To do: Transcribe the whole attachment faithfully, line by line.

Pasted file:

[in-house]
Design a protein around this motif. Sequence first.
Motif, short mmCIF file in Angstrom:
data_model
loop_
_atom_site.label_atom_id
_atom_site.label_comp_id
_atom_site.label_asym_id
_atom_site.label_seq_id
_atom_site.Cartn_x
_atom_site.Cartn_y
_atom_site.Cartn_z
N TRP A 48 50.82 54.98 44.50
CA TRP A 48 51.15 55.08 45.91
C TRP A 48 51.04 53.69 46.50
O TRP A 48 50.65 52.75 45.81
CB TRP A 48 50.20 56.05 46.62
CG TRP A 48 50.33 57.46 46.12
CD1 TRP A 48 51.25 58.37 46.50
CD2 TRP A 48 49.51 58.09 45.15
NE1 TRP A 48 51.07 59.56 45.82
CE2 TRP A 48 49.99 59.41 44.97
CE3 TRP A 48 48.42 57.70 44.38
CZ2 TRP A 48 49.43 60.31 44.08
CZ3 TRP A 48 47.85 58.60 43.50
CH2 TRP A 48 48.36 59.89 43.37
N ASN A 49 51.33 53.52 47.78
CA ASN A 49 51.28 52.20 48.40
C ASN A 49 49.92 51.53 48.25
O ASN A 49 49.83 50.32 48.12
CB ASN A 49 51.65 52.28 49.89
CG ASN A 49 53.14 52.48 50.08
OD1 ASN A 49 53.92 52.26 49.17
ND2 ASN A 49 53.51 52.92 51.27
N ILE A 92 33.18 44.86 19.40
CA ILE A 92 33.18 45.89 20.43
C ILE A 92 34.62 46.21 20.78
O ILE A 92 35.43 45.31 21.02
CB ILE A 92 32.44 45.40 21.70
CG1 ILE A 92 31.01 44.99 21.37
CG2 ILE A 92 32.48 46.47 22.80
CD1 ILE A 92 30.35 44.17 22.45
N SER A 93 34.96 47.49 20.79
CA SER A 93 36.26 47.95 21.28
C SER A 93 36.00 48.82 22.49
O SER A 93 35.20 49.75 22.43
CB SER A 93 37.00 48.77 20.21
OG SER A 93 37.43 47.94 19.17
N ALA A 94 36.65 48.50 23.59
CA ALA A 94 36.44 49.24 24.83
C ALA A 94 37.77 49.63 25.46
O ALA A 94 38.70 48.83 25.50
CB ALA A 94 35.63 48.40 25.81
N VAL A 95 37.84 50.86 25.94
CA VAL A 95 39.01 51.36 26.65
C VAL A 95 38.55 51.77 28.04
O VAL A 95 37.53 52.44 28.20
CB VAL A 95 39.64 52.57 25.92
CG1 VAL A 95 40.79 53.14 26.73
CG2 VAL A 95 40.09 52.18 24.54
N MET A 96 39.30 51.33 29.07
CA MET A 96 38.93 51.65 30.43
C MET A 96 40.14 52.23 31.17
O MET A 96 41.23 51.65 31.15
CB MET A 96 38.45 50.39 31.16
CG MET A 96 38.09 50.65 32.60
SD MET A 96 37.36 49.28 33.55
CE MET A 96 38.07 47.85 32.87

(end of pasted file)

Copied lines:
[in-house]
Design a protein around this motif. Sequence first.
Motif, short mmCIF file in Angstrom:
data_model
loop_
_atom_site.label_atom_id
_atom_site.label_comp_id
_atom_site.label_asym_id
_atom_site.label_seq_id
_atom_site.Cartn_x
_atom_site.Cartn_y
_atom_site.Cartn_z
N TRP A 48 50.82 54.98 44.50
CA TRP A 48 51.15 55.08 45.91
C TRP A 48 51.04 53.69 46.50
O TRP A 48 50.65 52.75 45.81
CB TRP A 48 50.20 56.05 46.62
CG TRP A 48 50.33 57.46 46.12
CD1 TRP A 48 51.25 58.37 46.50
CD2 TRP A 48 49.51 58.09 45.15
NE1 TRP A 48 51.07 59.56 45.82
CE2 TRP A 48 49.99 59.41 44.97
CE3 TRP A 48 48.42 57.70 44.38
CZ2 TRP A 48 49.43 60.31 44.08
CZ3 TRP A 48 47.85 58.60 43.50
CH2 TRP A 48 48.36 59.89 43.37
N ASN A 49 51.33 53.52 47.78
CA ASN A 49 51.28 52.20 48.40
C ASN A 49 49.92 51.53 48.25
O ASN A 49 49.83 50.32 48.12
CB ASN A 49 51.65 52.28 49.89
CG ASN A 49 53.14 52.48 50.08
OD1 ASN A 49 53.92 52.26 49.17
ND2 ASN A 49 53.51 52.92 51.27
N ILE A 92 33.18 44.86 19.40
CA ILE A 92 33.18 45.89 20.43
C ILE A 92 34.62 46.21 20.78
O ILE A 92 35.43 45.31 21.02
CB ILE A 92 32.44 45.40 21.70
CG1 ILE A 92 31.01 44.99 21.37
CG2 ILE A 92 32.48 46.47 22.80
CD1 ILE A 92 30.35 44.17 22.45
N SER A 93 34.96 47.49 20.79
CA SER A 93 36.26 47.95 21.28
C SER A 93 36.00 48.82 22.49
O SER A 93 35.20 49.75 22.43
CB SER A 93 37.00 48.77 20.21
OG SER A 93 37.43 47.94 19.17
N ALA A 94 36.65 48.50 23.59
CA ALA A 94 36.44 49.24 24.83
C ALA A 94 37.77 49.63 25.46
O ALA A 94 38.70 48.83 25.50
CB ALA A 94 35.63 48.40 25.81
N VAL A 95 37.84 50.86 25.94
CA VAL A 95 39.01 51.36 26.65
C VAL A 95 38.55 51.77 28.04
O VAL A 95 37.53 52.44 28.20
CB VAL A 95 39.64 52.57 25.92
CG1 VAL A 95 40.79 53.14 26.73
CG2 VAL A 95 40.09 52.18 24.54
N MET A 96 39.30 51.33 29.07
CA MET A 96 38.93 51.65 30.43
C MET A 96 40.14 52.23 31.17
O MET A 96 41.23 51.65 31.15
CB MET A 96 38.45 50.39 31.16
CG MET A 96 38.09 50.65 32.60
SD MET A 96 37.36 49.28 33.55
CE MET A 96 38.07 47.85 32.87